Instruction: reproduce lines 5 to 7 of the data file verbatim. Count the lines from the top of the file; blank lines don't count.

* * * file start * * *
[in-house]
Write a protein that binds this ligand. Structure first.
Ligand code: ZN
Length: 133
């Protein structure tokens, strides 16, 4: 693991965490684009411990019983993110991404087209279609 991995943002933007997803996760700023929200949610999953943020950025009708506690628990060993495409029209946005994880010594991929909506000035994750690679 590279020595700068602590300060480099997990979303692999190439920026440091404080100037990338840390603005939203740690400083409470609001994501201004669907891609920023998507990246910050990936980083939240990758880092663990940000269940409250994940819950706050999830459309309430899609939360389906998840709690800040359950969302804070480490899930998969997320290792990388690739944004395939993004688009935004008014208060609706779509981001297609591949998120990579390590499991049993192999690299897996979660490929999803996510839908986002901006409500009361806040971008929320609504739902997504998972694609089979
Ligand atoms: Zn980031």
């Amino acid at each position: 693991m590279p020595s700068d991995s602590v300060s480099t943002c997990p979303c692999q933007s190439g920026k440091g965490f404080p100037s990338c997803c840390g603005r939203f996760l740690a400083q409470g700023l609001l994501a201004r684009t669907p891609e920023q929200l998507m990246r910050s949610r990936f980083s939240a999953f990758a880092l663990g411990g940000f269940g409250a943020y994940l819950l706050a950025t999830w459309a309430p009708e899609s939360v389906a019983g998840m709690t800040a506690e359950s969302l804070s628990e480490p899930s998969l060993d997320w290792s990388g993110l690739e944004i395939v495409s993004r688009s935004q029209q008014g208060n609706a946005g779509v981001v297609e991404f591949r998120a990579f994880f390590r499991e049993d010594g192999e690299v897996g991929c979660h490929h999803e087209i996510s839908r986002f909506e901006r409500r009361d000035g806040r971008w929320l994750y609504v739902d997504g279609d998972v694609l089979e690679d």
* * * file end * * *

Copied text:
């Protein structure tokens, strides 16, 4: 693991965490684009411990019983993110991404087209279609 991995943002933007997803996760700023929200949610999953943020950025009708506690628990060993495409029209946005994880010594991929909506000035994750690679 590279020595700068602590300060480099997990979303692999190439920026440091404080100037990338840390603005939203740690400083409470609001994501201004669907891609920023998507990246910050990936980083939240990758880092663990940000269940409250994940819950706050999830459309309430899609939360389906998840709690800040359950969302804070480490899930998969997320290792990388690739944004395939993004688009935004008014208060609706779509981001297609591949998120990579390590499991049993192999690299897996979660490929999803996510839908986002901006409500009361806040971008929320609504739902997504998972694609089979
Ligand atoms: Zn980031």
């Amino acid at each position: 693991m590279p020595s700068d991995s602590v300060s480099t943002c997990p979303c692999q933007s190439g920026k440091g965490f404080p100037s990338c997803c840390g603005r939203f996760l740690a400083q409470g700023l609001l994501a201004r684009t669907p891609e920023q929200l998507m990246r910050s949610r990936f980083s939240a999953f990758a880092l663990g411990g940000f269940g409250a943020y994940l819950l706050a950025t999830w459309a309430p009708e899609s939360v389906a019983g998840m709690t800040a506690e359950s969302l804070s628990e480490p899930s998969l060993d997320w290792s990388g993110l690739e944004i395939v495409s993004r688009s935004q029209q008014g208060n609706a946005g779509v981001v297609e991404f591949r998120a990579f994880f390590r499991e049993d010594g192999e690299v897996g991929c979660h490929h999803e087209i996510s839908r986002f909506e901006r409500r009361d000035g806040r971008w929320l994750y609504v739902d997504g279609d998972v694609l089979e690679d």